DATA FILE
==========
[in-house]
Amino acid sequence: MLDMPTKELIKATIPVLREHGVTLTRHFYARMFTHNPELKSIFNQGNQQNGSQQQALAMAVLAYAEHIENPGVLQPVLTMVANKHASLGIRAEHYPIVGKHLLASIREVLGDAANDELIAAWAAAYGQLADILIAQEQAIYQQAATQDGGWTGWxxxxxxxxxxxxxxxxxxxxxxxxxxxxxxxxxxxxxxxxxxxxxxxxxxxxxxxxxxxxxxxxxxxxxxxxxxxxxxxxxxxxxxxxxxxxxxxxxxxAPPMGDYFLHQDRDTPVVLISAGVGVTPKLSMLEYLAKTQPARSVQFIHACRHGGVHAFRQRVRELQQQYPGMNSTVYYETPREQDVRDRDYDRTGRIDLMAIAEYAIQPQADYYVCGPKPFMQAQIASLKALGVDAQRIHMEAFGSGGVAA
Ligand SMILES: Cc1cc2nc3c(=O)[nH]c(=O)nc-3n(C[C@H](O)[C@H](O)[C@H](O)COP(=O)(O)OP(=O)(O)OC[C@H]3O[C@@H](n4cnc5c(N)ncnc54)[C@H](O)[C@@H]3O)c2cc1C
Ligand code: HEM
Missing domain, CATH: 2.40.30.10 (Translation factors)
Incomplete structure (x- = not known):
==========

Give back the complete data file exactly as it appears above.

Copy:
[in-house]
Amino acid sequence: MLDMPTKELIKATIPVLREHGVTLTRHFYARMFTHNPELKSIFNQGNQQNGSQQQALAMAVLAYAEHIENPGVLQPVLTMVANKHASLGIRAEHYPIVGKHLLASIREVLGDAANDELIAAWAAAYGQLADILIAQEQAIYQQAATQDGGWTGWxxxxxxxxxxxxxxxxxxxxxxxxxxxxxxxxxxxxxxxxxxxxxxxxxxxxxxxxxxxxxxxxxxxxxxxxxxxxxxxxxxxxxxxxxxxxxxxxxxxAPPMGDYFLHQDRDTPVVLISAGVGVTPKLSMLEYLAKTQPARSVQFIHACRHGGVHAFRQRVRELQQQYPGMNSTVYYETPREQDVRDRDYDRTGRIDLMAIAEYAIQPQADYYVCGPKPFMQAQIASLKALGVDAQRIHMEAFGSGGVAA
Ligand SMILES: Cc1cc2nc3c(=O)[nH]c(=O)nc-3n(C[C@H](O)[C@H](O)[C@H](O)COP(=O)(O)OP(=O)(O)OC[C@H]3O[C@@H](n4cnc5c(N)ncnc54)[C@H](O)[C@@H]3O)c2cc1C
Ligand code: HEM
Missing domain, CATH: 2.40.30.10 (Translation factors)
Incomplete structure (x- = not known):